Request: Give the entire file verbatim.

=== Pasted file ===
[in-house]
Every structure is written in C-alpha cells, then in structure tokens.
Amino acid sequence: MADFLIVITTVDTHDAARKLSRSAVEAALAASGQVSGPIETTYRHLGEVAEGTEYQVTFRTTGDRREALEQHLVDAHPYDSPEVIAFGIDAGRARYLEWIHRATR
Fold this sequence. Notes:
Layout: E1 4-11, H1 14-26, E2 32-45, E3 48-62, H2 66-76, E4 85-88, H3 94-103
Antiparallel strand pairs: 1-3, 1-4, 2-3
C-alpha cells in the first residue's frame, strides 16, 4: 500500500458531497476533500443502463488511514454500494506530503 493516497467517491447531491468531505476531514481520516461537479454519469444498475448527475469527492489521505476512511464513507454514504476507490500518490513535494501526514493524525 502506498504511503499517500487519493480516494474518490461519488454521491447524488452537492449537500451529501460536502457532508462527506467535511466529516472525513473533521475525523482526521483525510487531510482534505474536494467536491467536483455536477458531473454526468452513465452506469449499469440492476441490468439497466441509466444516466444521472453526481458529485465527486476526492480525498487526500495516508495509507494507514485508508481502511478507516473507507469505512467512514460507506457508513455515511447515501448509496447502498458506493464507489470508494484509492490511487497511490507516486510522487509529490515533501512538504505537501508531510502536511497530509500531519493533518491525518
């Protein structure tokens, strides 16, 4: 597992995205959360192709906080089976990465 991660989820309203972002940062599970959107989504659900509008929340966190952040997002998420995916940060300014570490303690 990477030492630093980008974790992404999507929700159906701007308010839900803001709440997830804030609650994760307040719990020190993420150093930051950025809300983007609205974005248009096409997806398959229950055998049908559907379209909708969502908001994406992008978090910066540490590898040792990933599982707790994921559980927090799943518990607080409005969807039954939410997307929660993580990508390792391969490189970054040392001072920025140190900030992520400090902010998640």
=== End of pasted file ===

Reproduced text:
[in-house]
Every structure is written in C-alpha cells, then in structure tokens.
Amino acid sequence: MADFLIVITTVDTHDAARKLSRSAVEAALAASGQVSGPIETTYRHLGEVAEGTEYQVTFRTTGDRREALEQHLVDAHPYDSPEVIAFGIDAGRARYLEWIHRATR
Fold this sequence. Notes:
Layout: E1 4-11, H1 14-26, E2 32-45, E3 48-62, H2 66-76, E4 85-88, H3 94-103
Antiparallel strand pairs: 1-3, 1-4, 2-3
C-alpha cells in the first residue's frame, strides 16, 4: 500500500458531497476533500443502463488511514454500494506530503 493516497467517491447531491468531505476531514481520516461537479454519469444498475448527475469527492489521505476512511464513507454514504476507490500518490513535494501526514493524525 502506498504511503499517500487519493480516494474518490461519488454521491447524488452537492449537500451529501460536502457532508462527506467535511466529516472525513473533521475525523482526521483525510487531510482534505474536494467536491467536483455536477458531473454526468452513465452506469449499469440492476441490468439497466441509466444516466444521472453526481458529485465527486476526492480525498487526500495516508495509507494507514485508508481502511478507516473507507469505512467512514460507506457508513455515511447515501448509496447502498458506493464507489470508494484509492490511487497511490507516486510522487509529490515533501512538504505537501508531510502536511497530509500531519493533518491525518
């Protein structure tokens, strides 16, 4: 597992995205959360192709906080089976990465 991660989820309203972002940062599970959107989504659900509008929340966190952040997002998420995916940060300014570490303690 990477030492630093980008974790992404999507929700159906701007308010839900803001709440997830804030609650994760307040719990020190993420150093930051950025809300983007609205974005248009096409997806398959229950055998049908559907379209909708969502908001994406992008978090910066540490590898040792990933599982707790994921559980927090799943518990607080409005969807039954939410997307929660993580990508390792391969490189970054040392001072920025140190900030992520400090902010998640």